Underactive Thyroid: Is Yours Being Overtreated?

thyroid 3D image

Is your underactive thyroid being overtreated?

If your thyroid gland is underactive — a condition called hypothyroidism — your body produces too little thyroid hormone.

Endocrinologists can make sure that you have enough of this important hormone by prescribing synthetic thyroid hormone T4 (Synthroid®, Levoxyl®, Levothroid® or another brand). Or they may prescribe a medication containing both T4 and T3, another thyroid hormone (Armour® Thyroid, Nature-Throid™, etc).

To feel your best, you need the right amount of replacement thyroid hormone in your system, stresses Mario Skugor, MD, of Cleveland Clinic’s Department of Endocrinology, Diabetes and Metabolism.

Weight changes are key

Your dose of thyroid hormone is based on your weight, although doctors also have to keep the eye on your blood levels because some people have problems with absorption.

Be sure to report a weight gain or loss of 10 percent or more to your doctor right away, advises Dr. Skugor. This will help you avoid overtreatment or undertreatment.

Yet even when you’re on the right dose for your weight, you may be getting more thyroid hormone than your body needs.

Overtreatment places you at risk of developing heart arrhythmias and osteoporosis, a low bone-mass disorder that leads to easy fracturing.

Dr. Skugor says it’s wise to be familiar with the signs of overtreatment for hypothyroidism:

Symptoms of mild overtreatment

  • Feeling hot or shaky
  • Heart palpitations
  • Difficulty falling asleep
  • Excessive sweating

Symptoms of severe overtreatment

  • Anxiety
  • Mood swings
  • Hand tremors
  • Diarrhea
  • Muscle weakness, mainly in the thighs and shoulders
  • Weight loss
  • Inability to sleep and/or focus
  • Abnormally increased heart rate, even at rest
  • Forgetfulness

Two groups of people with hypothyroidism are at high risk of complications from overtreatment. They include:

  • People with heart rhythm disturbances (arrhythmias)
  • Elderly people with weak bones

Whether you’re young, old or in between, don’t adjust the dose yourself if you think you’re being overtreated. Call your doctor and explain your symptoms. He or she will check your blood levels of thyroid hormone.

The correct dose adjustment will soon have you feeling a whole lot better.

  • Marry

    I was diagnosed with type 2 Diabetes and put on Metformin on June 26th, 2014. I started the ADA diet and followed it 100% for a few weeks and could not get my blood sugar to go below 140. Finally i began to panic and called my doctor, he told me to get used to it. He said I would be on metformin my whole life and eventually insulin. At that point i knew something wasn’t right and began to do a lot of research. On April 13th I found this book on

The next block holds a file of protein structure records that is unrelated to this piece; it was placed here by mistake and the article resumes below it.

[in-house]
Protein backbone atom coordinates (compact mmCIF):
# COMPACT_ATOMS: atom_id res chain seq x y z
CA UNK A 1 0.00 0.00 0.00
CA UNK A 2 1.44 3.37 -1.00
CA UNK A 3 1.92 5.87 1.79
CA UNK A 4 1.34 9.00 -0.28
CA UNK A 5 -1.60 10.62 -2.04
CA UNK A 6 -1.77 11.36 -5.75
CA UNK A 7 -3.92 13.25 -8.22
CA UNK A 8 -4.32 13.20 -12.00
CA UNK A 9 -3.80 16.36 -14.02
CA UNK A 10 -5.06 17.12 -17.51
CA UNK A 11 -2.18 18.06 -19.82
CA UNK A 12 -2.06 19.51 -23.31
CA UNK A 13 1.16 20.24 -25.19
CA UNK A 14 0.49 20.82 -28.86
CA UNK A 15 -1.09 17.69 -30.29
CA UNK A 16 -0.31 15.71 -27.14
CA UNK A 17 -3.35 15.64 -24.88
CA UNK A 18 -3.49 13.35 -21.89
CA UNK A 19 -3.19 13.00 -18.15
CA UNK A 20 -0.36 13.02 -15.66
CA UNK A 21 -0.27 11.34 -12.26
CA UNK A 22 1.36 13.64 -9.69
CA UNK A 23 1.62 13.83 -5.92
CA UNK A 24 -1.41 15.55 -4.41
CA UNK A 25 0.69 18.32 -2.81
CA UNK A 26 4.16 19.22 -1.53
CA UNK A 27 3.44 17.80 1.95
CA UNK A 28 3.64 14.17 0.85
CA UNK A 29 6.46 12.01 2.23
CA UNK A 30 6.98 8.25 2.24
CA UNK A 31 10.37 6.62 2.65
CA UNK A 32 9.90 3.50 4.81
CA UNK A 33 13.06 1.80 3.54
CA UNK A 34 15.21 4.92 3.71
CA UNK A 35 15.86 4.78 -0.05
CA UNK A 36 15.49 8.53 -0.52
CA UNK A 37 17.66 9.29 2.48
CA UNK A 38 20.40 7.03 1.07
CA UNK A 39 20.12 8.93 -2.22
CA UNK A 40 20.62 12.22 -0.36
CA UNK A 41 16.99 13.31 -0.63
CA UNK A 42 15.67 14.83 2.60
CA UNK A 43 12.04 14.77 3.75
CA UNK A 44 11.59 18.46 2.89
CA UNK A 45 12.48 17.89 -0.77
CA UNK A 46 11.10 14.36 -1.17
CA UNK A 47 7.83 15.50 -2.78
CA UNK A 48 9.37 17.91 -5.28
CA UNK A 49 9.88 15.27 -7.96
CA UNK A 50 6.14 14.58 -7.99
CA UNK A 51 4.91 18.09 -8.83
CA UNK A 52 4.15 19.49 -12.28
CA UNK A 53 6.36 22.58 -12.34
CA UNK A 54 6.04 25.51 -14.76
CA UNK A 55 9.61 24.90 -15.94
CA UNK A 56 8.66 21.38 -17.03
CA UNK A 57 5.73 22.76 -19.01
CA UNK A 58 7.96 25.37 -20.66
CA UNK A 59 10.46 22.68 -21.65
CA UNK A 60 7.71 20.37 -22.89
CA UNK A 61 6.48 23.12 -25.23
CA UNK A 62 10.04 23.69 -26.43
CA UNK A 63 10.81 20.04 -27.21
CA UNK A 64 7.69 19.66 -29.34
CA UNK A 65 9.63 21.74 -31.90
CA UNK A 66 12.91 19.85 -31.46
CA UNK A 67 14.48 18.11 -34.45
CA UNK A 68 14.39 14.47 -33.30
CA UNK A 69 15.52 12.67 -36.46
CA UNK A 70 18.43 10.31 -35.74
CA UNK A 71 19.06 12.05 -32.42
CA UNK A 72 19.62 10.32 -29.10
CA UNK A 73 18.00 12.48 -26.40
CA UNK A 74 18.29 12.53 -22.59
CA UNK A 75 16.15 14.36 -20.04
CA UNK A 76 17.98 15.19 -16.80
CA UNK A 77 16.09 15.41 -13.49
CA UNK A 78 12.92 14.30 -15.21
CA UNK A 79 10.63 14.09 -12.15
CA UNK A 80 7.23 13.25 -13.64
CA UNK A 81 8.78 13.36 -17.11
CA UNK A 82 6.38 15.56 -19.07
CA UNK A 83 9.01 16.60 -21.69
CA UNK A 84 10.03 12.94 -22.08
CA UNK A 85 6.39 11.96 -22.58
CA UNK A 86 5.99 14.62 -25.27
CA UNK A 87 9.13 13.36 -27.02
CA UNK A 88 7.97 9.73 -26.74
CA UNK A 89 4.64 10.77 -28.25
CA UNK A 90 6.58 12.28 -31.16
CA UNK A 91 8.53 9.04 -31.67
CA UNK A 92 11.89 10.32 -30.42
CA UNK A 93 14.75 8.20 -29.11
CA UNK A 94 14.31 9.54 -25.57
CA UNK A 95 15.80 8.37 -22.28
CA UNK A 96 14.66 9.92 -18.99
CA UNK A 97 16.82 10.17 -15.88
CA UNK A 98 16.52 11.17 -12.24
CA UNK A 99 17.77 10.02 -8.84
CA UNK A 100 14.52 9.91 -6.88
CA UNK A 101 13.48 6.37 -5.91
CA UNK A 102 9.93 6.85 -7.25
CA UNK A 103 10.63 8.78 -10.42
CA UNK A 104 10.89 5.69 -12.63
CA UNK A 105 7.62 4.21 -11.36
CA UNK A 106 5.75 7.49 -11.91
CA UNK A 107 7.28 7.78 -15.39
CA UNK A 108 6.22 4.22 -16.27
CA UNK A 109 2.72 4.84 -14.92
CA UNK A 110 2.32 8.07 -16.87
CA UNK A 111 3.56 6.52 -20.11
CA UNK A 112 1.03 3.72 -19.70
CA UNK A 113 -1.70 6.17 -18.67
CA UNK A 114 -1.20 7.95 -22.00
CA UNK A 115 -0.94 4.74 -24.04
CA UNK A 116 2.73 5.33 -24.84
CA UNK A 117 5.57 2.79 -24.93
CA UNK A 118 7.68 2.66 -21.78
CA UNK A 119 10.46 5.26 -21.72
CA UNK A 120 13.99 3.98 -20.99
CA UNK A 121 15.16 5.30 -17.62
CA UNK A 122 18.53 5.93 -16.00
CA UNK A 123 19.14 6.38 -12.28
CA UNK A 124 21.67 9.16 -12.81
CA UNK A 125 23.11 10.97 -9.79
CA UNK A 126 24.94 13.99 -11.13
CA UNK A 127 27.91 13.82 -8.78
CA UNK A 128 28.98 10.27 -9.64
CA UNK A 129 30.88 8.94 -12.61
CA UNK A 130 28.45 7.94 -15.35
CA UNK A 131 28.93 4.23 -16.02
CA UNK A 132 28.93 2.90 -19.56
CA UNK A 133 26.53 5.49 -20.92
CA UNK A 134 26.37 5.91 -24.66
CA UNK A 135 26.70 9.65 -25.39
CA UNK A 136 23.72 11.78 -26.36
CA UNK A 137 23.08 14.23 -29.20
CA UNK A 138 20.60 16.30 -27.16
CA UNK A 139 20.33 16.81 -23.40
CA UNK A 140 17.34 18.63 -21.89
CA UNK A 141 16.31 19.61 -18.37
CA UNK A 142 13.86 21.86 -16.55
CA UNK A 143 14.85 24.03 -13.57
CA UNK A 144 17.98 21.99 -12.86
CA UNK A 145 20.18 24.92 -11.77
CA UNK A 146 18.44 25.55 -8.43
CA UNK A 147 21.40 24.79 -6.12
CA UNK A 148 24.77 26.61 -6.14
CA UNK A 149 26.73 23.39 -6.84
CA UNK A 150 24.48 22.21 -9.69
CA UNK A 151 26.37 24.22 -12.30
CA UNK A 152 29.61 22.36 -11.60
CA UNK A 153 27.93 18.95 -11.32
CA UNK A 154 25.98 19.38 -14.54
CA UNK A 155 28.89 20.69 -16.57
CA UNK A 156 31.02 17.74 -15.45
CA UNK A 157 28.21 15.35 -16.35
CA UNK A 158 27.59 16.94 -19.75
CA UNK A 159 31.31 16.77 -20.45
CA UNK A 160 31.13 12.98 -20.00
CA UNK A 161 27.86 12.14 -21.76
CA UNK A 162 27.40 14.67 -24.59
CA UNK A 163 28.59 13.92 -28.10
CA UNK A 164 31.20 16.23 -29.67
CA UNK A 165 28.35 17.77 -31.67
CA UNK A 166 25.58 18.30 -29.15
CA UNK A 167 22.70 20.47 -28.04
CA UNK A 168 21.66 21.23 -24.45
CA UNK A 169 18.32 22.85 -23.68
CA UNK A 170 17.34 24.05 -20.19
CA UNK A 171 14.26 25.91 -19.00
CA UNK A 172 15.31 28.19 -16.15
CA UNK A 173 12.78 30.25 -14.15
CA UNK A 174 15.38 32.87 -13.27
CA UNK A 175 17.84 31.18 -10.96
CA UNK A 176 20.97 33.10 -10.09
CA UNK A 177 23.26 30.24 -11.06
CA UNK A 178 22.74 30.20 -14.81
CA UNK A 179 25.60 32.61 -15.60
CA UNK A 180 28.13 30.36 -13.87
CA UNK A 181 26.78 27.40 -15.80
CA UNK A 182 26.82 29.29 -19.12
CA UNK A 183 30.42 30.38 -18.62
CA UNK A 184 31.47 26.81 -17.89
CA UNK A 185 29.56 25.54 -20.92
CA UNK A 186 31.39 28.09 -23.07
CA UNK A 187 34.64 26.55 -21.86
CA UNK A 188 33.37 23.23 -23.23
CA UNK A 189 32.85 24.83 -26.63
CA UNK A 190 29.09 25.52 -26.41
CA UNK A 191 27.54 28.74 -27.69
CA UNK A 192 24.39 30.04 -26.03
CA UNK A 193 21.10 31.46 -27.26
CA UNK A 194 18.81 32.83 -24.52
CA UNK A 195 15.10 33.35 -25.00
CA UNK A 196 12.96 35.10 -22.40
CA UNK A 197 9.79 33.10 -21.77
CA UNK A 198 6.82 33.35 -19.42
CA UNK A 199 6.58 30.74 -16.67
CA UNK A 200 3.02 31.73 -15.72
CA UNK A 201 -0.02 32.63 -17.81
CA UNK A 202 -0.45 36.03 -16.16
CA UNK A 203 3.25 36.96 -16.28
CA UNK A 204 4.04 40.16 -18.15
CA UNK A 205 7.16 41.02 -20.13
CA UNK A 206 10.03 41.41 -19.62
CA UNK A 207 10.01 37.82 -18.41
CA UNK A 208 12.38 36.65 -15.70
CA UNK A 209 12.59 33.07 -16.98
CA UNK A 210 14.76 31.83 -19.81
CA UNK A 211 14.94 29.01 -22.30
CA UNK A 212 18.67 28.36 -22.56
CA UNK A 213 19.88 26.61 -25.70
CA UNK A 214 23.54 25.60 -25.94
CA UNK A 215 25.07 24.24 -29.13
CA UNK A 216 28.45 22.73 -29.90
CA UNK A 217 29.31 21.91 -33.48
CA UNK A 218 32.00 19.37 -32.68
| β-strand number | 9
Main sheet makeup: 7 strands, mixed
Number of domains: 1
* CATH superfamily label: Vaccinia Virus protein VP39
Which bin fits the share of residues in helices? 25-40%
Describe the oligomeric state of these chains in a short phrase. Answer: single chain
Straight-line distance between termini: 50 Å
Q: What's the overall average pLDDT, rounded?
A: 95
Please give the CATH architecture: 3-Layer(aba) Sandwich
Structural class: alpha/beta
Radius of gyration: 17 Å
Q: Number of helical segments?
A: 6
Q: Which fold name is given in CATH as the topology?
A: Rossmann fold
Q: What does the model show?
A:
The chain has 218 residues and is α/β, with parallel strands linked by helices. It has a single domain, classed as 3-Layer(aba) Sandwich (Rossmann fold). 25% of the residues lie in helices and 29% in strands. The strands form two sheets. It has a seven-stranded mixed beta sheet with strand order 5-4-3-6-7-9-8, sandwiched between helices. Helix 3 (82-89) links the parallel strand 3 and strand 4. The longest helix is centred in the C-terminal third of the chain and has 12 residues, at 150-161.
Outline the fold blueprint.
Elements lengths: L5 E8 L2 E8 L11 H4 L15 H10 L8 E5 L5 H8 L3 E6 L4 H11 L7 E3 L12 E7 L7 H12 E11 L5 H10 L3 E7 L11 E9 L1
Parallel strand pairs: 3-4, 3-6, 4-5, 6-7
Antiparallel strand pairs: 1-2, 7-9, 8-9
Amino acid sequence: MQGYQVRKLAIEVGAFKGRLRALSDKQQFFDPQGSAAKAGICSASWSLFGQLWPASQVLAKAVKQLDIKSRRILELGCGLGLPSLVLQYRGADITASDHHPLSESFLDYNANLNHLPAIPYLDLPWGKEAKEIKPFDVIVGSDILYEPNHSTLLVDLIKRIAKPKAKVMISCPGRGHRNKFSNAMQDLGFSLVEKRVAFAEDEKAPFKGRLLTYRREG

w­j­e­5­9­2­.­com/Cure-Diabetes-Naturally.html . I read the book from end to end that night because everything the writer was saying made absolute sense. I started the diet that day and the next morning my blood sugar was down to 100, the next day was in the 90’s and now i have a fasting blood sugar between Mid 70’s and the 80’s. My doctor took me off the metformin after just one week of being on this lifestyle change. I have lost over 30 pounds in a month. I now work out twice a day and still have tons of energy. I have lost 6+ inches around my waist and I am off my high blood pressure medication too. I have about 20 more pounds to go till my body finds its ideal weight. The great news is, this is a lifestyle I can live with, it makes sense and it works. God Bless the writer. I wish the ADA would stop enabling consumers and tell them the truth. You can get off the drugs, you can help yourself, but you have to have a correct lifestyle and diet. No more processed foods.

    • Ez Acosta

      It pays to advocate for our own health. The standards of health in conventional medicine is atrocious. Im glad you found the path out of sickness. So much of this countries ills goes back to nutrition and clean living and food. The truth is out there.

  • Kimberly Ryan

    In 2007, I was diagnosed with severe fibromyalgia, placed on narcotic therapy, extremely active, petite, until three years ago. Cannot take Lyrica or gabapentin due to severe allergies and Cymbalta doesn’t help. I was taken off these medications because of all the studies contraindicated their effectiveness. Now I’m not on anything. I’ve gained almost 50 pounds, due to decreased activity, in severe pain, have increased neuropathy and muscle weakness, all of which are not being addressed. To add fuel to the fire, I had a brain aneurysm in 4/2000 which left me with traumatic brain injury, as well as, physical side effects. I’ve kept these to a minimum by staying physically fit and active. Because my health has deteriorated and by not being as physical, these side effects are becoming more apparent again. There is no one treating fibromyalgia in my area and I also live in NYS with the strict regulations of narcotics. I don’t fit the “normal” treatment for this diagnosis, nor do I have a history of alcohol or drug abuse, yet I cannot get help. It’s unfortunate that someone who goes from being highly active all their life, athletic, loves the outdoors, lives alone, owns their own house, used to be an RN, becomes someone who struggles to get through the day. It’s not right.